Filmed during the last months of Pat’s life, when he was gradually losing his sight, this film features extensive interviews with the man himself. He’s warm and friendly and full of good humour, happy to reflect on his work and on his experiences of life, stressing the importance of young LGBTQ+ people taking the time to listen to elders in the community. His own life serves as an example of the kind of story he sought to tell: he spent 38 years with partner David Ghee, who is camera-shy but appears at the end to pay tribute. Despite moments of tragedy, like the loss of Harvey Milk, whom he campaigned for and befriended, he plainly found a lot of joy in life, and he had no time whatsoever for the expected shame. He helped to organise Pride parades and set up a shelter for homeless LGBTQ+ people who could not find safe refuge elsewhere. In one scene he mentions his love of Willy Wonka And The Chocolate Factory and its contention that there is always wonder to be found in the world if one looks for it.

There are affection, typical Hollywood-style documentary moments here, like those celebrating his longstanding friendship with Phyllis Diller, but there bulk of the film is centred on his choices as a filmmaker and his application of craft. There’s a segment on his work with Bob Philpot, a dancer who was arrested for performing nude in a gay club, and on the film they made together which gave Bob the opportunity to discuss his work and perform the dance again so that it can be understood as art. Another focuses on Changes, his groundbreaking film about a trans woman which gave her the chance to explain her situation in straightforward terms, but which may also have invented the now ubiquitous trans woman putting on lipstick in front of a mirror shot. Still another celebrates the way he managed to film a naked man walking down the middle of the Los Angeles freeway, a production feat which no other filmmaker has achieved before or since.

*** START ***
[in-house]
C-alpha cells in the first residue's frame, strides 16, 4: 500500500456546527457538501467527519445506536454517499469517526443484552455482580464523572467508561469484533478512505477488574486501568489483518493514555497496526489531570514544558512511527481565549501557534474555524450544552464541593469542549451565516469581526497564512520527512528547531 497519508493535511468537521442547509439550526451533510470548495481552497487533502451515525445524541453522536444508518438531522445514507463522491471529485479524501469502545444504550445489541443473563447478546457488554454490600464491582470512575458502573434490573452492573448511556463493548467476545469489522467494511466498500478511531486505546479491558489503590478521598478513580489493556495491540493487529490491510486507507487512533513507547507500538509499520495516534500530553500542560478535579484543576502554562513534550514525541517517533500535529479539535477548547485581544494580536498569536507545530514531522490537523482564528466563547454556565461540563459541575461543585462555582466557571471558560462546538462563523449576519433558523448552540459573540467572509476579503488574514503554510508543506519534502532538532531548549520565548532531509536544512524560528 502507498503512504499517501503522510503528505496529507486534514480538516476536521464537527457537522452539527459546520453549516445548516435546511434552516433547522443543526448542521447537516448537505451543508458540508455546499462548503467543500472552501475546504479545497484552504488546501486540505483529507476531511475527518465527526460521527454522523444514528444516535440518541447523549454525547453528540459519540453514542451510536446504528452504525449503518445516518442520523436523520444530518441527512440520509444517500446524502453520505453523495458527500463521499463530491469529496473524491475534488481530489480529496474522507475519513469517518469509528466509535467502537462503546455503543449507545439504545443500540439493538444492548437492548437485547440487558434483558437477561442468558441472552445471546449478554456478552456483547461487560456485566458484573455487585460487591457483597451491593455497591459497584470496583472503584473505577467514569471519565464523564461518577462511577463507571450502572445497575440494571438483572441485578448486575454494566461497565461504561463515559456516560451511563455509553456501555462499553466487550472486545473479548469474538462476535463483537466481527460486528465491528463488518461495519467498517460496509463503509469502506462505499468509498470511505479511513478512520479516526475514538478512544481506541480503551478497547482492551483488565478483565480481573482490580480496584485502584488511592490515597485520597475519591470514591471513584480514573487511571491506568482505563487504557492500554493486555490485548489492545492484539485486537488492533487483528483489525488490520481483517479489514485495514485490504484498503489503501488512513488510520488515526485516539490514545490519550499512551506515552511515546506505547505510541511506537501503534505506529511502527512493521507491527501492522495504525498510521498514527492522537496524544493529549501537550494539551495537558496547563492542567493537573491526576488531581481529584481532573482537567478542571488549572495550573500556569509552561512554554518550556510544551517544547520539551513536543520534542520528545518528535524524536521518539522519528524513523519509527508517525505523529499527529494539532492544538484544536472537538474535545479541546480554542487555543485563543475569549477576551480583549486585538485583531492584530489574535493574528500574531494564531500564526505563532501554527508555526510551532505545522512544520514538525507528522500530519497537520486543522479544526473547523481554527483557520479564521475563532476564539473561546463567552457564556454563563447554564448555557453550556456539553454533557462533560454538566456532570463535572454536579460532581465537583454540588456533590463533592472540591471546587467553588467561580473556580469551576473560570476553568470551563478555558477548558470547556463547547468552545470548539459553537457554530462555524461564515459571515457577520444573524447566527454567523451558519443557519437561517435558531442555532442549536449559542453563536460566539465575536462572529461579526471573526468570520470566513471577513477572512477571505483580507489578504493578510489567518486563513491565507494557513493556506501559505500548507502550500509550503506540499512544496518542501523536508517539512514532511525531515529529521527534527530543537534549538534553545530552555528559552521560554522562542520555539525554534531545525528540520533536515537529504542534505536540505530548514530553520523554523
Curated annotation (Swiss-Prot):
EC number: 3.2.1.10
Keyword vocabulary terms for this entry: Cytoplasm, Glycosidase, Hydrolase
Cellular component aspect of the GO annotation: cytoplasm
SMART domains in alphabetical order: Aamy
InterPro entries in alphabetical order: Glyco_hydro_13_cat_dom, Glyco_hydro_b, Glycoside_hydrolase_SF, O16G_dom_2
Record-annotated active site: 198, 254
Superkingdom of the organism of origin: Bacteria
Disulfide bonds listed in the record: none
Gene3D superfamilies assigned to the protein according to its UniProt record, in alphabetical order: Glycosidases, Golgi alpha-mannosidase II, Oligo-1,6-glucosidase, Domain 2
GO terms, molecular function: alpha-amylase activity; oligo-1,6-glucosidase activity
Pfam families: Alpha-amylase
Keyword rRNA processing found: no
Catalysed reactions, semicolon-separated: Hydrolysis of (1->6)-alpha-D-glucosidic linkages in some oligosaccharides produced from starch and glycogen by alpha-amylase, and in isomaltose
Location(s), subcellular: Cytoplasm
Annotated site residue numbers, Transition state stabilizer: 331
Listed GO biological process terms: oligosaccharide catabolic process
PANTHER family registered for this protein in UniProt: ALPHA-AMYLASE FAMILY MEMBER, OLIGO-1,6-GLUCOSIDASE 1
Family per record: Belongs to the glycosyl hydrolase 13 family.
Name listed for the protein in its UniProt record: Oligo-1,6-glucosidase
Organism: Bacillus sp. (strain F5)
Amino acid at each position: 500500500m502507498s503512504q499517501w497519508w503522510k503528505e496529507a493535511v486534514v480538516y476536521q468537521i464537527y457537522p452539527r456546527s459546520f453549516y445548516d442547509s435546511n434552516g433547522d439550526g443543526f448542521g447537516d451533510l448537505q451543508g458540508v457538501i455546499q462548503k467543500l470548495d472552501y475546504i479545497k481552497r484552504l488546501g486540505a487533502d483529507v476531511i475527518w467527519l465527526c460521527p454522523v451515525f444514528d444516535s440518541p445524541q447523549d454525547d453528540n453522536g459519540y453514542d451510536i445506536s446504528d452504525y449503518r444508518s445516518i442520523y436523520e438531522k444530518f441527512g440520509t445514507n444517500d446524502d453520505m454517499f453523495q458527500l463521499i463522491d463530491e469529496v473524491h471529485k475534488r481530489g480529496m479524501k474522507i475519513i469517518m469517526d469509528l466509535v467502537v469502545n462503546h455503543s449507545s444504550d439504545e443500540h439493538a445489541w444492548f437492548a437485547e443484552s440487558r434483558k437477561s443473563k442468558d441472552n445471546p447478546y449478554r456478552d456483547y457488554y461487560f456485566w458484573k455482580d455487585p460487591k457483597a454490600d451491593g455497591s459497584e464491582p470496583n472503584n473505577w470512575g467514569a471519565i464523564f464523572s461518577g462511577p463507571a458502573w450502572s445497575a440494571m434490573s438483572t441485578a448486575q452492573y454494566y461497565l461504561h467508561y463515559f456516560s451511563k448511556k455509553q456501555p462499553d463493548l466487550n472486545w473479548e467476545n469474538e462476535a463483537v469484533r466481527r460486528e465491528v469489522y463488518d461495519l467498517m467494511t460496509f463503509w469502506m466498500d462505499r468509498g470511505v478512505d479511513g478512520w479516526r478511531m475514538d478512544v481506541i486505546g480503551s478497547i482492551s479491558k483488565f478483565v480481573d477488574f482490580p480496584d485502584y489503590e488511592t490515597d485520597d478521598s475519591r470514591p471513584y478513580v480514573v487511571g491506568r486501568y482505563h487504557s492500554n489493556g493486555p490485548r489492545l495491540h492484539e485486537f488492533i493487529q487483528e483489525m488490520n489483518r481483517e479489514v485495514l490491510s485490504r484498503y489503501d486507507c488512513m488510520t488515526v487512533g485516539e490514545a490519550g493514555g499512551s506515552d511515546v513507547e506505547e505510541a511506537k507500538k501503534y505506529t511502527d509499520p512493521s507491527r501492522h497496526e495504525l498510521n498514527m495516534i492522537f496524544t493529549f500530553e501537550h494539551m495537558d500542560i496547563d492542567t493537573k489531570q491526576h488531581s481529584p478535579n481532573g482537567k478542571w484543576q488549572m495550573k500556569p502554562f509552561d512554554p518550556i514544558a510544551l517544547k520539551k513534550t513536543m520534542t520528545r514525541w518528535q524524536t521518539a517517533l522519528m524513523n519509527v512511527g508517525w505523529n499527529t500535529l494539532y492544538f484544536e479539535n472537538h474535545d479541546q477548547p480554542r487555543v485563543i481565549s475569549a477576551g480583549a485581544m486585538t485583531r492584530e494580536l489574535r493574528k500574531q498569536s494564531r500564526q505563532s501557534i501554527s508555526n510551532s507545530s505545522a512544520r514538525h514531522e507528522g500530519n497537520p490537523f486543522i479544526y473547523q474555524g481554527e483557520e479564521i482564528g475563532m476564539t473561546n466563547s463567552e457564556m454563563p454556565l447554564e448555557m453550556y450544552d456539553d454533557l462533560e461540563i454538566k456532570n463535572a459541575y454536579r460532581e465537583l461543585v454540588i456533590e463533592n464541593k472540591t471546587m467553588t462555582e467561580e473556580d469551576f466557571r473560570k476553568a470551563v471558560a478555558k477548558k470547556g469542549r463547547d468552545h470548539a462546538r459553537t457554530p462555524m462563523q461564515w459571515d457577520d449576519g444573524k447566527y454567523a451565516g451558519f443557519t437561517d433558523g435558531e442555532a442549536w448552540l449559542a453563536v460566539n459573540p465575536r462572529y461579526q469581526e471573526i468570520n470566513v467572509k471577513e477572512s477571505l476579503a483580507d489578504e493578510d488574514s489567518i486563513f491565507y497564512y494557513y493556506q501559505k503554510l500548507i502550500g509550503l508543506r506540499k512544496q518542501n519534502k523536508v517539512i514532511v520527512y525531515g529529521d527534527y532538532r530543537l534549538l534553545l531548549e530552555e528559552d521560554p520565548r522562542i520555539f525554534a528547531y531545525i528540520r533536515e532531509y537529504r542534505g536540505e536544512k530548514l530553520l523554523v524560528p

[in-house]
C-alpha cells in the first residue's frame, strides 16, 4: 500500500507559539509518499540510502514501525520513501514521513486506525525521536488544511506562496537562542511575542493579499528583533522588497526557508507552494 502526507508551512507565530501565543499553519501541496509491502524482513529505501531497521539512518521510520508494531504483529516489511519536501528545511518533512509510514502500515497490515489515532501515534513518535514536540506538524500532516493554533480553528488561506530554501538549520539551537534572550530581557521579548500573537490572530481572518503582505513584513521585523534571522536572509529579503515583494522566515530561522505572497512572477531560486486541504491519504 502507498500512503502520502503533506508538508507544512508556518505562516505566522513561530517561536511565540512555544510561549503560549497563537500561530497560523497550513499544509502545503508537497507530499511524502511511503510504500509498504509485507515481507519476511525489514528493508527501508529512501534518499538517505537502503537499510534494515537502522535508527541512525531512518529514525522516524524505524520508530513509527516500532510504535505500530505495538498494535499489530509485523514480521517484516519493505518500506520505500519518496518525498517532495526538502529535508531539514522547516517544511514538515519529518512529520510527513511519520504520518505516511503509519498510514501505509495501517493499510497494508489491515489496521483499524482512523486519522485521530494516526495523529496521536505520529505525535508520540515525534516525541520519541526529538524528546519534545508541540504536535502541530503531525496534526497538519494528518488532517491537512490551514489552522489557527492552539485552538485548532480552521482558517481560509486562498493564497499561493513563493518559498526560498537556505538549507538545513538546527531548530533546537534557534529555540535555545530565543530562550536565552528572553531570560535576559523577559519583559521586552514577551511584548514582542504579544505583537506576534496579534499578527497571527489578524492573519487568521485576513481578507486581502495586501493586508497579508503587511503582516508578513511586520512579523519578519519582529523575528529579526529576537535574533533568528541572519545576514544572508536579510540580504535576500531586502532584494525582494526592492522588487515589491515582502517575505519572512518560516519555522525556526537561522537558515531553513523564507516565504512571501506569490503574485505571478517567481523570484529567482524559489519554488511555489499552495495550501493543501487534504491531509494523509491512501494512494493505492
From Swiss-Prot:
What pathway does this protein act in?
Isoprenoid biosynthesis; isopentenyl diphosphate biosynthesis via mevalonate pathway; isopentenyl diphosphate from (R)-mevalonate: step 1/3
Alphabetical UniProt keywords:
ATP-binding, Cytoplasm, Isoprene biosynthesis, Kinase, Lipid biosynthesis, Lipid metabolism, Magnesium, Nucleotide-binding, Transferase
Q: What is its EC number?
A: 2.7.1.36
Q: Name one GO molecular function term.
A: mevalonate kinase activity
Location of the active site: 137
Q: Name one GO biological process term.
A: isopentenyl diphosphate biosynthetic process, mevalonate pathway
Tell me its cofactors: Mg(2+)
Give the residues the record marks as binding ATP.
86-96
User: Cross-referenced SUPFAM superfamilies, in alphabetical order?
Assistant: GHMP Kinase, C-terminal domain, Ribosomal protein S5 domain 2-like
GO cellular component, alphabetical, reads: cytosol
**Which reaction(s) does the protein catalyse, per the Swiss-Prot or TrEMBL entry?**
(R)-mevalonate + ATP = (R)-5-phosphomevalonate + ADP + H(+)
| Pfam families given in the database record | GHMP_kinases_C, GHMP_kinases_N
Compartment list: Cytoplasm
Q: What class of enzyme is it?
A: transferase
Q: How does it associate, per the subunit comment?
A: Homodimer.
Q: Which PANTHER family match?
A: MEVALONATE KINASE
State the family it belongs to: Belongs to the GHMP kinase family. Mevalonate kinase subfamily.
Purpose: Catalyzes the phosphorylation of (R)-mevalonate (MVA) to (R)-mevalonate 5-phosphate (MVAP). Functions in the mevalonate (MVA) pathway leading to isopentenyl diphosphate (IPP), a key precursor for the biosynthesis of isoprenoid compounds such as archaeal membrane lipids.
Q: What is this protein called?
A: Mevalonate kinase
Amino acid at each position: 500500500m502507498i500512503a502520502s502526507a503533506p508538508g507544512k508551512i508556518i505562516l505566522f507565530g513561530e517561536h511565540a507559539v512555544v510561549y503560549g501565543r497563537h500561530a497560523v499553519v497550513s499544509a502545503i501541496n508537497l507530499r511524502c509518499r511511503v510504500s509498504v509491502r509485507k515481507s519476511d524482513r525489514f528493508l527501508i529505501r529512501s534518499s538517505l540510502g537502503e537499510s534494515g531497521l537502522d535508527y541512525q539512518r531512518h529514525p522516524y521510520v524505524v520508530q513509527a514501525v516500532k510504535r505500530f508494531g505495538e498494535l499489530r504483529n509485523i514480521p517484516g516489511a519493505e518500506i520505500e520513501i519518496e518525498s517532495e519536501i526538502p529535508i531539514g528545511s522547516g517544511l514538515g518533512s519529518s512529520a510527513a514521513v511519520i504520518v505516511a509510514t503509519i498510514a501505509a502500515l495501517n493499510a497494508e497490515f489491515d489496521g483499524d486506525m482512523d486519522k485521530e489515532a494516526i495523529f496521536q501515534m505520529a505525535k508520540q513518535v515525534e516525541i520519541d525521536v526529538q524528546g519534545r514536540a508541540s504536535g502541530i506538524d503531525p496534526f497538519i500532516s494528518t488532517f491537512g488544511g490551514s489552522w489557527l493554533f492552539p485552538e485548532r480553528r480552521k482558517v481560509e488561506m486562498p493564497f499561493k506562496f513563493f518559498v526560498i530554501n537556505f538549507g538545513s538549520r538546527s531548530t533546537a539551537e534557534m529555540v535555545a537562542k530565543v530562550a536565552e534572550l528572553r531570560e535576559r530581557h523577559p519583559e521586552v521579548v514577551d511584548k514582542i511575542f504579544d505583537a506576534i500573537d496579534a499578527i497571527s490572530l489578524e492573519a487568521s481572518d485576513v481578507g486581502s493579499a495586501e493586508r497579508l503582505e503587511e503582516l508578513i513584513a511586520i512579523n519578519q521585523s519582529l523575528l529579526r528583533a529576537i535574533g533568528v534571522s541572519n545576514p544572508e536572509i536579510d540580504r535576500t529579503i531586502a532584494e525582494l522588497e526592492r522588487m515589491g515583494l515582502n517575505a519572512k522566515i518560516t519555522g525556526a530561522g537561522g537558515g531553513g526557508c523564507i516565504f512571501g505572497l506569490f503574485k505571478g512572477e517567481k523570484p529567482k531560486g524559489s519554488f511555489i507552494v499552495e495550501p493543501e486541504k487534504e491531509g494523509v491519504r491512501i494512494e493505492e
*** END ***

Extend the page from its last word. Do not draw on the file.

Always inclusive, always open minded, much of Pat’s work still feels daring today, and his passionate commitment to finding joy in life seems more radical than ever. It’s not that he wasn’t aware of what was wrong – there is discussion here of the ending of Disneyland Discovery, where the couple we have seen happily frolicking in the woods together feel the need to stop holding hands when walking back through the park in which mixed sex couples happily snuggle up together. What this film captures is his understanding that even if it is sometimes unsafe to try to live in the same open way as straight, cisgender people, that doesn’t mean that LGBTQ+ people cannot have a full life otherwise, or should settle for less. If nothing else, there is the magical world of the silver screen.

Reviewed on: 05 Jun 2022
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In this colourful trip back in time, filmmaker and activist Pat Rocco shares his incredible life story as one of Hollywood's original boundary pushing gay pioneers.

Director: Morris Chapdelaine, Bob Christie

Writer: Bob Christie

Starring: Pat Rocco, Charlie David, Phyllis Diller

Year: 2021

Runtime: 89 minutes

Country: Canada


IO 2022
OutfestLA 2022